King heave my heart into my mouth” The

King Lear Essay

Lack of Insight in ‘King Lear’

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In the play
‘King Lear’ by William Shakespeare, lack of insight parallels a lack of
physical sight. This amplifies the message that without insight, we are
effectively moving through life blind. The actions of two main characters are
used in conjunction in order to convey this, both characters displaying an
extraordinary lack of insight from the start of the play.  These two characters, King Lear and
Gloucester, both undergo significant character development as a result of this.

Although only Gloucester loses his physical sight in order to learn his lesson,
a lack of insight on the part of Lear culminates in his payment of the ultimate
price- death- for his short-sightedness.

 

Lear’s
spectacular lack of insight becomes apparent within his first few lines, when
he announces his plan to divide his kingdom.  Clearly his intention is to split the kingdom between his
three daughters (relieving himself of the responsibility while still retaining
the title and power) “only we shall retain the name, all th’additions to a
king.”.  Lear is unable to see
that this is impossible. By surrendering control of his kingdom, he will not be
able to keep his power- he effectively loses all authority.  A few lines later, Lear displays
further lack of insight- “Tell me my daughters, which of thee doth love us
most, that we our largest bounty may extend?” Lear sincerely believes that by
demanding a public display of affection from his daughters, he will truly
discover the daughter who is most devoted.  In his mind, appearance and image is more important than
true faithfulness, and this ultimately becomes his downfall.

 

As the scene
progresses, the eldest daughters proclaim undying devotion, “Sir I doth love
you more than words can wield the matter…”, a pretence which Lear is quick to
accept as truth.  However the
youngest and only honest daughter Cordelia is unable to put on a show of
adoration, despite her genuine love for her father. “Unhappy that I am, I
cannot heave my heart into my mouth” The dramatic irony is clear to the
audience, who can plainly tell the evil daughters from the pure.  However in a twist that is true to
Lear’s character, he is unable to see this and banishes Cordelia from the
kingdom.  With this, Lear is
effectively sealing his fate at the end of the play, although of course he is
completely blind to this fact.

 

Kent, who
unlike Lear displays a depth of insight into characters, tries to point out the
ignorance of these actions, “See better Lear, and let me still remain the true
blank of thine eye”. His attempts are no match for Lear’s foolishness, and in
yet another display of blindness the King also banishes one of his most loyal
servants. “Out of my sight!”

 

Once
Shakespeare has convinced his audience of the metaphoric blindness of Lear, he
begins the process of giving him sight. In order for this to be achieved Lear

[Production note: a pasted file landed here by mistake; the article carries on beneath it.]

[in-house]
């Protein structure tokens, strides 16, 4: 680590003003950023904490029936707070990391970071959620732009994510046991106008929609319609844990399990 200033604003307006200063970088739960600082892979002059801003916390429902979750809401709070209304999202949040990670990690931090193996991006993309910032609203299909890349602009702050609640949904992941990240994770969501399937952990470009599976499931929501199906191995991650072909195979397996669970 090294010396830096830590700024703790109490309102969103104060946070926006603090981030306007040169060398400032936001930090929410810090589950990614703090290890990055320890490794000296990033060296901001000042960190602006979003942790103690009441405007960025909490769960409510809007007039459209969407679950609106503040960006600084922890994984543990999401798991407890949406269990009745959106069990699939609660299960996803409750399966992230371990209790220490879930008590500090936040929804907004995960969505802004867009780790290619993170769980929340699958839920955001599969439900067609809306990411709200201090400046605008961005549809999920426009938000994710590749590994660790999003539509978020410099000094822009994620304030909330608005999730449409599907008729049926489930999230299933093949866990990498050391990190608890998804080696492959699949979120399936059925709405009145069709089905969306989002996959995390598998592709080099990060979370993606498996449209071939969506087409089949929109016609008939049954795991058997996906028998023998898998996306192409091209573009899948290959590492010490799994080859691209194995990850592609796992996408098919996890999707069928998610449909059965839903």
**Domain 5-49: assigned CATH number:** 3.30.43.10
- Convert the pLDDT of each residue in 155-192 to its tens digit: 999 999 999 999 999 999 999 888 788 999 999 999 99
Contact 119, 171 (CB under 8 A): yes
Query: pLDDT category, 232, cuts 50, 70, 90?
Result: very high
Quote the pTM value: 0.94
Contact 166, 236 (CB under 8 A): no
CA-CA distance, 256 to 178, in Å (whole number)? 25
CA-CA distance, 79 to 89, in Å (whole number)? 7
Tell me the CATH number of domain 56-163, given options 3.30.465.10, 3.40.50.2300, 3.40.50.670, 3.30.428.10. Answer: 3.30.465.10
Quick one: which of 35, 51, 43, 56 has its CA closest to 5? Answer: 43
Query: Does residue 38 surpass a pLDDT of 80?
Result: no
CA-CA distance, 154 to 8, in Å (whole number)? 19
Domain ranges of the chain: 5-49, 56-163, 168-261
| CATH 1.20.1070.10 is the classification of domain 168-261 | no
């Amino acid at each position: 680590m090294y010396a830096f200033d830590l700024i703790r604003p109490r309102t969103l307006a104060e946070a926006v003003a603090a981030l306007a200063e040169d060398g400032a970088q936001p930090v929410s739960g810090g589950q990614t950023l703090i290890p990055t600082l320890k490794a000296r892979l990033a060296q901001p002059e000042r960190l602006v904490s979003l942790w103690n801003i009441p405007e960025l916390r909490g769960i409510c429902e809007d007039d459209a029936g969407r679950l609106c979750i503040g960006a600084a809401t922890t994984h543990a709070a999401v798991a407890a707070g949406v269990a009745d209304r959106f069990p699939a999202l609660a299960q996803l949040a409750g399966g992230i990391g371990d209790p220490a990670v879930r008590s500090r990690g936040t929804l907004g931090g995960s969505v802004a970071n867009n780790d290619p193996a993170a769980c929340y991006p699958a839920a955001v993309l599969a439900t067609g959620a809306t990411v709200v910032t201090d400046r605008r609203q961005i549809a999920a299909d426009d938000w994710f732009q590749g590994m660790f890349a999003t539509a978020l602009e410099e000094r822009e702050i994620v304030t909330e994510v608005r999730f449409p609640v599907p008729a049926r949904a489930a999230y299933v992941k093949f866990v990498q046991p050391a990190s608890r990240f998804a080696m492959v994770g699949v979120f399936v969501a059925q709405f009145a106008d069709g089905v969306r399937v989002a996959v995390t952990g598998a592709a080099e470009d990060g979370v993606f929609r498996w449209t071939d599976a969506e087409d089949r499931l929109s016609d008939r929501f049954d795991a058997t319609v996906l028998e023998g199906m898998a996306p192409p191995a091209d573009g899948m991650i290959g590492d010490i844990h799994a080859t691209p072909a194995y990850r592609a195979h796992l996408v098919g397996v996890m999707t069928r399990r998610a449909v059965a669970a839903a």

must endure incredible pain and loss- the loss of his home, belongings, loved
ones, his dignity and ultimately his sanity.  As Lear is methodically stripped of the trappings of
everyday humanity he gradually begins to gain more and more insight. No only
insight into other characters such as Cordelia, “Oh most small fault, how ugly
did thou in Cordelia show”, or Goneril and Regan, “How sharper than a serpents
tooth is it to have a thankless child?”, but also into himself as a character
and how far he has fallen, “Here I stand…a poor, inform, weak and despised old
man”

 

Therefore we
can assume that to some extent, humans are blinded by the shallow material
things in life. Lear only gains full insight once these ‘trappings’ are
removed, reducing him to his basest human form.  By the end of the play Lear is still paying the price for
his earlier lack of judgment- regardless of his newfound insight he is powerless
to stop the events he set in motion. 
Thus Lear learns the ultimate lesson about how costly a lack of insight
can be.

 

In a very
similar series of events, the Earl of Gloucester learns the importance of
insight as well.  This parallel
storyline helps to reinforce the lesson learnt by Lear, while at the same time
adding an element of shock and gore to the play to capture the attention of
audiences.  Gloucester is also
metaphorically blind when it comes to distinguishing between his children.

Edgar is believed to be evil and intent on murdering his father, when in
reality it is Edmund framing him. Gloucester does not stop to take stock of the
characteristics of his children and simply takes Edmund’s accusations at face
value.  As with Lear, Gloucester is
forced to pay for his blindness repetitively throughout he play, most
noticeably when his eyes are torn out by Cornwall as a result of the
accumulation of his actions. “Upon these eyes of thine I’ll set my foot”
Ironically it is at this point in the play as his physical sight is taken from
him, Gloucester gains clarity of insight (as remarked on by Lear at a later
point “A man may see how the world goes with no eyes”)

 

With this line,
we see that Gloucester’s metaphoric blindness is removed, replaced by a physical
manifestation of the impediment. 
However this is portrayed positively, as though it is of greater
importance to have insight than actual sight. Shakespeare implies that one can
function without sight as long as insight is possessed, but that without this
insight, physical sight is hardly an advantage, “I stumbled when I saw”.  This idea, coupled with that thought
that perhaps this metaphoric blindness is due to the clutter of material
objects and their associated pride, reinforces the importance of insight. All
the pain and destruction in King Lear can be pinpointed to decisions made
without insight into actions and characters. With this knowledge we can see how
easily the destruction and death in King Lear could have been avoided.